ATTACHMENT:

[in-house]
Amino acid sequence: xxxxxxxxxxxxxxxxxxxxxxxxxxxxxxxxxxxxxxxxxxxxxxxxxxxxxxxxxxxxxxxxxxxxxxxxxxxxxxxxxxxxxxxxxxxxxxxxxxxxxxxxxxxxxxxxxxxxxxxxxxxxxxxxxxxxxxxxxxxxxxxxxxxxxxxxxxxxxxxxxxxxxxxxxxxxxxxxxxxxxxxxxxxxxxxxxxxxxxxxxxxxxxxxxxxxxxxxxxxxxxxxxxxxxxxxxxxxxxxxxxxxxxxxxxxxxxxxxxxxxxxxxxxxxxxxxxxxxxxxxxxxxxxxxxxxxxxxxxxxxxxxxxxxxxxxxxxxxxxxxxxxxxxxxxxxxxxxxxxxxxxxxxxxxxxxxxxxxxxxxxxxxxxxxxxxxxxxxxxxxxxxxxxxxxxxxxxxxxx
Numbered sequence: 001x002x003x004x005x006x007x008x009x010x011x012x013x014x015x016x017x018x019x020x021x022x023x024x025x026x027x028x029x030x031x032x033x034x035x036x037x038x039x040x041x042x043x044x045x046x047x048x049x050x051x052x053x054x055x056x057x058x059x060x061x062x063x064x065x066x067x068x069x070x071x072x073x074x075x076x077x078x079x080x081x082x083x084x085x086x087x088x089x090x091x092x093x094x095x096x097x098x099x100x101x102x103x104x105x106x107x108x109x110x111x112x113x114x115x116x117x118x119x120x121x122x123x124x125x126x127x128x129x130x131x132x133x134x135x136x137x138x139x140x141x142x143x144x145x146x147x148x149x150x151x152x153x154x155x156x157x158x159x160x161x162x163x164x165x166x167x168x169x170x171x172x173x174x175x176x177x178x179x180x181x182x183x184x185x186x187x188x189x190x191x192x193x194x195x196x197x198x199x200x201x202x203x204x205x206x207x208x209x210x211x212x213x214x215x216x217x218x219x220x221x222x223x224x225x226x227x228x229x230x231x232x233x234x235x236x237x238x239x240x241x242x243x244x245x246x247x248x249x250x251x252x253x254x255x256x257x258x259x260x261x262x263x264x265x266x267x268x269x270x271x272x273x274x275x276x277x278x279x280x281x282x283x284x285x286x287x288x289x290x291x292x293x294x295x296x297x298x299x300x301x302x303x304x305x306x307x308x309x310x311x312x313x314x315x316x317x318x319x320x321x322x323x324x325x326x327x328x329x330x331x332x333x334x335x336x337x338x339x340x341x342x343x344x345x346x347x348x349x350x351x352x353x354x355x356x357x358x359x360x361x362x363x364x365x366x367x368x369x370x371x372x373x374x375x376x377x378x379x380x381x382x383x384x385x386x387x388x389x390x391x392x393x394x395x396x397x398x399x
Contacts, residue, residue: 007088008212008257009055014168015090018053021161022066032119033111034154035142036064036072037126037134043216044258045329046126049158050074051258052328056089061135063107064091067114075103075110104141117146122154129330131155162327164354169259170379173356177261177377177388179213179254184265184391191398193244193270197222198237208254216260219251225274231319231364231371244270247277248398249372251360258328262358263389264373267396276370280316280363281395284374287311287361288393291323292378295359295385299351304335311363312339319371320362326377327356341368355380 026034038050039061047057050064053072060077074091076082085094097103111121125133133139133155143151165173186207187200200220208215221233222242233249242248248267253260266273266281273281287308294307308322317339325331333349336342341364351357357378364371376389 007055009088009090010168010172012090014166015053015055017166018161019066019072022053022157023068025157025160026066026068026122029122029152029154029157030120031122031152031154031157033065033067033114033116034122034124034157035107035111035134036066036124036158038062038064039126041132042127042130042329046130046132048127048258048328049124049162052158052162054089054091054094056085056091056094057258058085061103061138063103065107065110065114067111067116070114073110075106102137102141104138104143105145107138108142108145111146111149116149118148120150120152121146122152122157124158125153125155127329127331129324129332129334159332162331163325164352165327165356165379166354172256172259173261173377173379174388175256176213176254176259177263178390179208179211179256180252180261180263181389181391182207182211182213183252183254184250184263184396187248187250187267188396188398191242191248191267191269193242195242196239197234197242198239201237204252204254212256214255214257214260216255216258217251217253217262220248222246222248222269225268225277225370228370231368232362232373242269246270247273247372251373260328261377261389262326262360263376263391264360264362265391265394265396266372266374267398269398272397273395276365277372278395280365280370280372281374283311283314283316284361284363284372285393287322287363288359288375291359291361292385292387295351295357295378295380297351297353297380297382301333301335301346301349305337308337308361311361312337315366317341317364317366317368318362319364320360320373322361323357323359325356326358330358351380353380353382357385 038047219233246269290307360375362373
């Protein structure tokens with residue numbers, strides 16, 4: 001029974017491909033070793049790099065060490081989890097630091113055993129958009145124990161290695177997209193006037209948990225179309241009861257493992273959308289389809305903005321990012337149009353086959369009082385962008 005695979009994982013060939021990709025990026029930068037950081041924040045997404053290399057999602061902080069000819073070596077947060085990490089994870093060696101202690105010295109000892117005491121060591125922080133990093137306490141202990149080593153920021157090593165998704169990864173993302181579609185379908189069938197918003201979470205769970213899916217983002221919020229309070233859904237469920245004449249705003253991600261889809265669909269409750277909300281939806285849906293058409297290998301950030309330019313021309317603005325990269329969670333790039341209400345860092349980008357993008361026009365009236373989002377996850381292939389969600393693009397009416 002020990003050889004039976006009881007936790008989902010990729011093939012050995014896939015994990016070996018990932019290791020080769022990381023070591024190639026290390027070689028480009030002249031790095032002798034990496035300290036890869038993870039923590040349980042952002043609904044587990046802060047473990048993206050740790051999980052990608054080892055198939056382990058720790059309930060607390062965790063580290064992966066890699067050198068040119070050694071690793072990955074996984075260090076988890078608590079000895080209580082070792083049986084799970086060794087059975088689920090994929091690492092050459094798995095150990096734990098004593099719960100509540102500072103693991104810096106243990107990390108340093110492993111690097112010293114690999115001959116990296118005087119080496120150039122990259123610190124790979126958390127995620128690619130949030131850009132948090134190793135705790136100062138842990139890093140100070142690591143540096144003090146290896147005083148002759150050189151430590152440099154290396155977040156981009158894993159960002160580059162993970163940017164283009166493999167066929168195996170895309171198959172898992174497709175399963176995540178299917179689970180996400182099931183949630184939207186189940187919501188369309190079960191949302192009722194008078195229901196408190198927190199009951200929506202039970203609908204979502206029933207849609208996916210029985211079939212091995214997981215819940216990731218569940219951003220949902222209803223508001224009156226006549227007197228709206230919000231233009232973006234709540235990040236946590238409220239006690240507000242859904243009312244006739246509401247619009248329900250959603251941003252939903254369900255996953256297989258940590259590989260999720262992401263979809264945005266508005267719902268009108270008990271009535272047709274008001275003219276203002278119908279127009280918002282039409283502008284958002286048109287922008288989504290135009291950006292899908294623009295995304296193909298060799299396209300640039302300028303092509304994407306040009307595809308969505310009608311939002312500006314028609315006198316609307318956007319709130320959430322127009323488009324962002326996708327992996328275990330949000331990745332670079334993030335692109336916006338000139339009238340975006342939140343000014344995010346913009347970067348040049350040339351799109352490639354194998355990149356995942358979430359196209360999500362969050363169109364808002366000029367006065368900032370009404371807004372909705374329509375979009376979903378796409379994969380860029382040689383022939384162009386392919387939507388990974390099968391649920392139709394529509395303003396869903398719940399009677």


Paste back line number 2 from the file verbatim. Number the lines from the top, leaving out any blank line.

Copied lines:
Amino acid sequence: xxxxxxxxxxxxxxxxxxxxxxxxxxxxxxxxxxxxxxxxxxxxxxxxxxxxxxxxxxxxxxxxxxxxxxxxxxxxxxxxxxxxxxxxxxxxxxxxxxxxxxxxxxxxxxxxxxxxxxxxxxxxxxxxxxxxxxxxxxxxxxxxxxxxxxxxxxxxxxxxxxxxxxxxxxxxxxxxxxxxxxxxxxxxxxxxxxxxxxxxxxxxxxxxxxxxxxxxxxxxxxxxxxxxxxxxxxxxxxxxxxxxxxxxxxxxxxxxxxxxxxxxxxxxxxxxxxxxxxxxxxxxxxxxxxxxxxxxxxxxxxxxxxxxxxxxxxxxxxxxxxxxxxxxxxxxxxxxxxxxxxxxxxxxxxxxxxxxxxxxxxxxxxxxxxxxxxxxxxxxxxxxxxxxxxxxxxxxxxx